Friday, October 16, 2015

Chinese Sparrowhawk

Far less on the move at Chiang Dao this morning, with 13 Chinese Sparrowhawk, 11 Grey-faced Buzzard, 3 Oriental Honey Buzzard, 2 Black Baza, male Pied Harrier, 11 Ashy Minivet, 5 Spangled Drongo and 4 Chestnut-headed Bee-eater south 0730-1300hrs.

Others species recorded included 2 Oriental Pied Hornbill, 2 Blue-bearded Beeater, 2 Violet Cuckoo and 30 Brown-backed Needletail.

Thursday, October 15, 2015

Buzzards and Bazas

The two main species of raptors on the move this morning over Chiang Dao were Grey-faced Buuzard and Black Baza, with totals of 14 and 19 south between 0830 and 1300hrs. Also heading south were three Oriental Honey Buzzard, Peregrine, 9 Accipter sp, 11 Ashy Minivet, 9 Chestnut-headed Bee-eatear, 11 Spangled Drongo and 33 Chestnut-tailed Starling in three groups. Heading in the opposite direction 7 Amur Falcon headed north, with resident raptors including a Kestrel, Oriental Hobby and at least 7 Crested Goshawk, which included at least five displaying males.

Other species noted around the garden at the temple included, two Violet Cuckoo, 5 Drongo Cuckoo, 2 Northern White-crowned Forktail, Orange-breasted Trogon, Purple-naped Sunbird and 2 Crimson Sunbird.

Wednesday, October 14, 2015


Arrived at Chiang Dao yesterday afternoon, after a short walk to the nearby temple this morning much of the rest of the day was spent looking out for raptors on the move. A total of 73 birds, of at least 10 species were noted, between 0830 and 1300hrs, those heading south included:

17 Oriental Honey Buzzard
9 Grey-faced Buzzard
6 Black Baza
4 Eastern Marsh Harrier
3 Eurasian Hobby
9 Accipter sp

In addition 19 Amur Falcon headed north and resident raptors included at least 5 Crested Goshawk and an Oriental Hobby.
Bronzed Drongo
There seemed to be a fair number of migrants and winter visitors around this morning, which included a Yellow-rumped Flycatcher,4 Olive-backed Pipit, 12 Two-barred Warbler, 20 Yellow-browed Warbler, 2 Claudia's Leaf Warbler, 6 Taiga Flycatcher, 3 Brown Shrike, 7 White Wagtail, 4 Grey Wagtail, 4 Chestnut-tailed Starling, Blue Rock Thrush, 50 Asian House Martin and 11 Fork-tailed Swift.
Brown Shrike
Other species also noted included 2 Green-legged Partridge, Purple-naped Sunbird, Crimson Sunbird, Drongo Cuckoo, Banded Bay Cuckoo, Great Barbet, Orange-breasted Trogon, Yellow-vented and Thick-billed Flowerpecker and Green Magpie.

Sunday, October 11, 2015


We have had quite a bit of family stuff to catch up with over the last couple of days and the next few, despite this I have managed to snatch a few hours out birding.This afternoon I visited Hang Chat Arboretum at Lampang in Northern Thailand, despite some nice habitat the only birds of note were two Rufous-winged Buzzard, 3 Asian Brown Flycatcher and 3 Taiga Flycatcher.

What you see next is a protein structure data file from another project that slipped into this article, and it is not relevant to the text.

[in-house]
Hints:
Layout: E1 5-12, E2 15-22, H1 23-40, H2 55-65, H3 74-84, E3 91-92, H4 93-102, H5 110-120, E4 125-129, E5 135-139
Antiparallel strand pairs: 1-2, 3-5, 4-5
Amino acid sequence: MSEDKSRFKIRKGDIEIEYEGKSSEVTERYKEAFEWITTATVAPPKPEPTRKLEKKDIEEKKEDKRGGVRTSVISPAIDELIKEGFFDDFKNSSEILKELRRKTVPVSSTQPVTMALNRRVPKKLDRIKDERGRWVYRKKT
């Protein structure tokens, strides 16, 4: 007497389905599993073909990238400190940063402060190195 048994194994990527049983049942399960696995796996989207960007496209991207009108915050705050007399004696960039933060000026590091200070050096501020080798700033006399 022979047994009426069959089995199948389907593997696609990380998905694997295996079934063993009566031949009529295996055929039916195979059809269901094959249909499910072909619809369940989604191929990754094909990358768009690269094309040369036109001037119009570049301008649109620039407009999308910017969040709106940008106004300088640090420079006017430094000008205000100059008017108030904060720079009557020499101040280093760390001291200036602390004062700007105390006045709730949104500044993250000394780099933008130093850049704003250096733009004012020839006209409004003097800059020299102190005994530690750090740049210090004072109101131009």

Later I  managed to bribe the grandson into showing me some tracks into some decent forest, scrub and around several lakes behind the market at Tung Kwian just north of Lampang, which I had picked out from google earth. Despite it being the afternoon a decent selection of species were seen including Barred Buttonquail, Black-eared Kite, 2 Bhraminy Kite, Black Baza, Burmese Shrike, 3 Brown Shrike, Rufous Treepie, 6 Indochinese Bushlark, 2 Richard's Pipit and 3 Eastern Stonechat.

I was surprised to see around 30 swiftlets low over Lampang city center, which looked like Pale-rumped/Germain's Swiftlet, these had no doubt been introduced as part of a nest farming operation.

During the six hour drive to Lampang yesterday, at least 10 Black-eared Kite were noted presumably all in the process of heading south, along with at 16 Painted Stork near Kampeang Phet.  

Friday, October 9, 2015

Pheasant-tailed Jacana

In heavy rain I failed to get out this morning, but in drier conditions this afternoon I headed out to try and get some half decent photos of breeding plumage Pheasant-tailed Jacana. Despite seeing around 70 all were a bit distant and the rubbish photo below was the best I could do.

Other noteworthy birds included, a Glossy Ibis, two Garganey with a large flock of Lesser Whistling Duck, 2 Freckled-breasted Woodpecker, 3 Wood Sandpiper, 12 Oriental Pratincole and 2 Red Avadavat. A flock of around 150 House Sparrows was a good count locally, this species seems to becoming increasingly widespread around Suphanburi over the past few years.

As is often the case one of the closest birds to the car, was a Pond Heron.

Wednesday, October 7, 2015

4th and 7th October 2015

Arrived back in Thailand on the 4th, some of the first birds seen were three Spot-billed Pelican on pools along the perimeter fence Suvarnabhumi Airport Bangkok.

Got out on to the local patch at Suphanburi for the first time this morning (7th Oct), the patch is still there, though there has been some further development in places since leaving.

Migrants/winter visitors included:
Black-capped Kingfisher 3, Chestnut-winged Cuckoo 2, Pintail Snipe 3, Greenshank 2, Wood Sandpiper 25, Grey-headed Lapwing 13, Oriental Pratincole 55, Whiskered Tern 60, Black Bittern 2, Brown Shrike 6, Taiga Flycatcher 2, Dusky Warbler 2 and Arctic Warbler 1.

Noteworthy records/counts among the resident species included:
35 Pheasant-tailed Jacana (many still in breeding plumage), a Long-tailed Shrike (rapidly declining in Thailand), 300 Black-winged Stilt, 10 Yellow Bittern and a Cinnamon Bittern.